In the afternoon, Cash was paired with Kelly Petrie, a 47-year-old mom and theater teacher who was canvassing for the first time. Over nearly three hours, they drove from neighborhood to neighborhood knocking on doors. Most people did not answer, but every dozen houses or so, someone would come out to talk.
At one house, Susan Maveal, 75, said she wasn’t going to vote in the midterm election at all.
“Because I think the last presidential election was so fraudulent that it wasn't even worth me going and doing it [this year],” she explained to BuzzFeed News.
Maveal declined to say where she fell on abortion rights. But she was looking forward to Trump announcing his 2024 presidential run, she said, “even though he’s getting up there in age.”
Another voter, Baha A., a 43-year-old dad who declined to share his last name, identified himself as a Democrat. He planned to vote “yes” on Proposal 3 on Tuesday.
“It’s heartbreaking. I have a little girl,” he said. “It seems like Republicans will do whatever it takes to take away choice from women and girls. And I don’t want that for my daughter.”
Catherine LeGalley couldn’t go out canvassing because she was recovering from back surgery, and she couldn’t phone bank because she is hard of hearing. But she went into the Dearborn campaign office on Monday determined to help however she could.
“I'm not really useful,” she said. “But I've been putting together materials and stuff like that.”
LeGalley, 73, is a retired surgeon who described herself as a “dyed-in-the-wool liberal.” She graduated from college in 1971, two years before the Supreme Court ruled that abortion was a constitutional right.
Kansas, where voters rejected an amendment to remove abortion protections from the state constitution in August, set an example for the nation, LeGalley said. She wants Michigan to do the same.
“I know from personal experience what having that right to abortion means,” she said. “So I see no reason why any other woman shouldn’t have that choice.”
Other volunteers, like 26-year-old Maria Matta, were seasoned political canvassers. Matta has knocked on doors for candidates and proposals since 2018, and this past summer, she went out collecting signatures to get Proposal 3 on the ballot. She’s since gone out canvassing for Yes on 3 in the evenings, after her day job as a data analyst.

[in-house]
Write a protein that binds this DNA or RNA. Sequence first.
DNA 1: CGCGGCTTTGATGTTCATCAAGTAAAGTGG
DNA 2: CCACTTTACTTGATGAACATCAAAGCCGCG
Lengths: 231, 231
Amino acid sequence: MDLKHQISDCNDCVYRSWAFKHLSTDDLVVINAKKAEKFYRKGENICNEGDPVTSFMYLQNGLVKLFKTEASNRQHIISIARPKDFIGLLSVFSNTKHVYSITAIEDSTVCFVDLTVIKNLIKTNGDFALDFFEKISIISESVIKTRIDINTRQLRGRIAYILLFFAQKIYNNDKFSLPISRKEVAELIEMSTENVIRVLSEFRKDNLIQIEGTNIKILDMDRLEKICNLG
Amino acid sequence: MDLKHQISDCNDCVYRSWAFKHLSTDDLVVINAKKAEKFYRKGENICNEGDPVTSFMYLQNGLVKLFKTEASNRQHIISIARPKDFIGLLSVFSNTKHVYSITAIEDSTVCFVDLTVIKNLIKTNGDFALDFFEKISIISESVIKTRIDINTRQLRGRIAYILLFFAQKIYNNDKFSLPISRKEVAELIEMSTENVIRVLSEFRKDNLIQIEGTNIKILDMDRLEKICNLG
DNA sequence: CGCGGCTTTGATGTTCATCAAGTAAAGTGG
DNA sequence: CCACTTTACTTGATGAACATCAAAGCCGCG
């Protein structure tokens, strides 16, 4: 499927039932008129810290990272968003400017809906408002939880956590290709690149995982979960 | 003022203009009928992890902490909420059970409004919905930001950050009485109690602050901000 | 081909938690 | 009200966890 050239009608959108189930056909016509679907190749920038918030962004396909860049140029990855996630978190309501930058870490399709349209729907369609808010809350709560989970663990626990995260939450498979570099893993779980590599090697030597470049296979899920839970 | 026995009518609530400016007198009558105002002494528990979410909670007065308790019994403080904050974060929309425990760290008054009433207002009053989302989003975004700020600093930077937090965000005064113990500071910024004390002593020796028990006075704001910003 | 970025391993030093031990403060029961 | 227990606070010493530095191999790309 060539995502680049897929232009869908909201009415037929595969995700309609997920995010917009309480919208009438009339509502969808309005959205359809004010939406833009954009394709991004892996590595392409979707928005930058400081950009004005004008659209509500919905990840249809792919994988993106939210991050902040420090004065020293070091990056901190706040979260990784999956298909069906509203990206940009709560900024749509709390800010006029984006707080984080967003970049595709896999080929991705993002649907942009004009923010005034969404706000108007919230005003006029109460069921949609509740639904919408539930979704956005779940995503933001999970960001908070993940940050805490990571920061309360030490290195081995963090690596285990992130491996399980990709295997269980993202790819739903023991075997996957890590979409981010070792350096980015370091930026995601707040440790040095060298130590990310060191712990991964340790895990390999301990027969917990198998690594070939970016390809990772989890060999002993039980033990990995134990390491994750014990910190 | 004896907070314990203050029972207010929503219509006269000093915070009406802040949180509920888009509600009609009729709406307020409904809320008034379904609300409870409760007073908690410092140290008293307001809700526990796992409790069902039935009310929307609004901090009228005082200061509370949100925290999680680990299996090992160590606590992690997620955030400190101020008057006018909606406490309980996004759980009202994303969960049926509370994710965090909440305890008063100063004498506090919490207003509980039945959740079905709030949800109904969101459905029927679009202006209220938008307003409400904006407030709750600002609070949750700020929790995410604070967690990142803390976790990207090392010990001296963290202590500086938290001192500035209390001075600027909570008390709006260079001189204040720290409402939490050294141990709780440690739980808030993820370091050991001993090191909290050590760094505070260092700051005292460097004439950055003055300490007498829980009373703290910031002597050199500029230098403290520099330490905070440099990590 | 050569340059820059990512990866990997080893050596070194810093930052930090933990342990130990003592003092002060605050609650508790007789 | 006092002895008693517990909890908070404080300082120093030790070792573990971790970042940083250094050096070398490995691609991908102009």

Matta said she was crushed when Roe was struck down.
“I was so heartbroken because I knew that the abortion bans would result in people dying and just suffering needlessly. So I knew I had to be involved,” she told BuzzFeed News.
Matta brought her boyfriend along on Sunday to knock on doors, and they agreed that he would play a supporting role and let her do the talking.
The couple had their first date on June 24 at a rally protesting the Supreme Court’s decision to overturn Roe that morning. They hadn’t planned to meet for another week, but when the decision came down, he texted her that he was at a rally. She told him that she was also going to one after work.
“First date?” she asked.
“Beats boring coffee,” he responded.
“And then the rest is history,” she told BuzzFeed News.
Racing against the early sunset on Sunday afternoon, Bucciero and Beth Bowen, a Lansing resident who works communications for the Yes on 3 campaign, knocked on dozens of doors. They hooked flyers to doorknobs if nobody answered and delivered their spiel to the people who did. Only a handful of people said they would vote “yes” on Proposal 3.
The work required a resilient spirit. But if it made a difference of just one vote, it was a job worth doing, Bowen said.
Occasionally, they saw the difference they made firsthand. On Monday, Mills, the single-issue voter, told Petrie that her partner wasn’t interested in voting no matter how she worked on him.
As she spoke about her strong feelings on abortion rights with the canvassers, her partner sauntered to the door.
“OK,” he said. “So what is this Proposal 3?” ●